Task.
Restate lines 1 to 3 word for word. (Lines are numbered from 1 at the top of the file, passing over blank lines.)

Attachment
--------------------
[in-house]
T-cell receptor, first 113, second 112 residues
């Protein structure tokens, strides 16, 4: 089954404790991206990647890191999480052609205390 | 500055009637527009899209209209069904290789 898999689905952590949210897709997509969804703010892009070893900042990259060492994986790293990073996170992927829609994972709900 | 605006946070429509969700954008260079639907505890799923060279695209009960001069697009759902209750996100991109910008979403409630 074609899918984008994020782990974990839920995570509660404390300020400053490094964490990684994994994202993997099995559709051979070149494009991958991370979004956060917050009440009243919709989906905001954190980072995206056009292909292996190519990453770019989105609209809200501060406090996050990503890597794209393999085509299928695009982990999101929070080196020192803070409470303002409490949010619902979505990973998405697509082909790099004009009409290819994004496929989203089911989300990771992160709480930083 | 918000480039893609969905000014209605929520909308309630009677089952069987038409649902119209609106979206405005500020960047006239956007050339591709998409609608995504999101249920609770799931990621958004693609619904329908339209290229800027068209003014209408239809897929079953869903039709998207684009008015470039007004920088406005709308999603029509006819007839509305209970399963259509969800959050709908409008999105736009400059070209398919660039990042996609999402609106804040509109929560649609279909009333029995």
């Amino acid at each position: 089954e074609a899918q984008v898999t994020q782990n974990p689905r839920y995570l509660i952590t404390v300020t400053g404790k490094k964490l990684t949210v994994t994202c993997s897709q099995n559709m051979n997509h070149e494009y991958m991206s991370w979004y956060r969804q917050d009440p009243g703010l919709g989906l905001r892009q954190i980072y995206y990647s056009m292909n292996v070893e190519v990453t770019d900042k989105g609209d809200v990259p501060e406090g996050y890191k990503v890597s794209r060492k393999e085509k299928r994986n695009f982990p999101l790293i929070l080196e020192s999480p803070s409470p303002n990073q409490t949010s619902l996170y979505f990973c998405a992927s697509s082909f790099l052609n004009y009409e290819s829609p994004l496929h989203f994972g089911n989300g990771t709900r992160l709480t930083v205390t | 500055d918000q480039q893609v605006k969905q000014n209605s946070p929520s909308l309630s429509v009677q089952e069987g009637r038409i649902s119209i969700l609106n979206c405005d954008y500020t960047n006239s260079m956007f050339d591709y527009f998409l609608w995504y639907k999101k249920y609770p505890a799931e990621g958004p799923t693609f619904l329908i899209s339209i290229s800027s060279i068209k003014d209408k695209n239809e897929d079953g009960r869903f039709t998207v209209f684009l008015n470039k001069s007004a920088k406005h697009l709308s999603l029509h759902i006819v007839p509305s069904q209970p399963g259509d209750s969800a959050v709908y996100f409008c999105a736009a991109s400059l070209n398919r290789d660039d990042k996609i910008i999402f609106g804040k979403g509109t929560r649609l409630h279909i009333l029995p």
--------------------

[in-house]
T-cell receptor, first 113, second 112 residues
């Protein structure tokens, strides 16, 4: 089954404790991206990647890191999480052609205390 | 500055009637527009899209209209069904290789 898999689905952590949210897709997509969804703010892009070893900042990259060492994986790293990073996170992927829609994972709900 | 605006946070429509969700954008260079639907505890799923060279695209009960001069697009759902209750996100991109910008979403409630 074609899918984008994020782990974990839920995570509660404390300020400053490094964490990684994994994202993997099995559709051979070149494009991958991370979004956060917050009440009243919709989906905001954190980072995206056009292909292996190519990453770019989105609209809200501060406090996050990503890597794209393999085509299928695009982990999101929070080196020192803070409470303002409490949010619902979505990973998405697509082909790099004009009409290819994004496929989203089911989300990771992160709480930083 | 918000480039893609969905000014209605929520909308309630009677089952069987038409649902119209609106979206405005500020960047006239956007050339591709998409609608995504999101249920609770799931990621958004693609619904329908339209290229800027068209003014209408239809897929079953869903039709998207684009008015470039007004920088406005709308999603029509006819007839509305209970399963259509969800959050709908409008999105736009400059070209398919660039990042996609999402609106804040509109929560649609279909009333029995």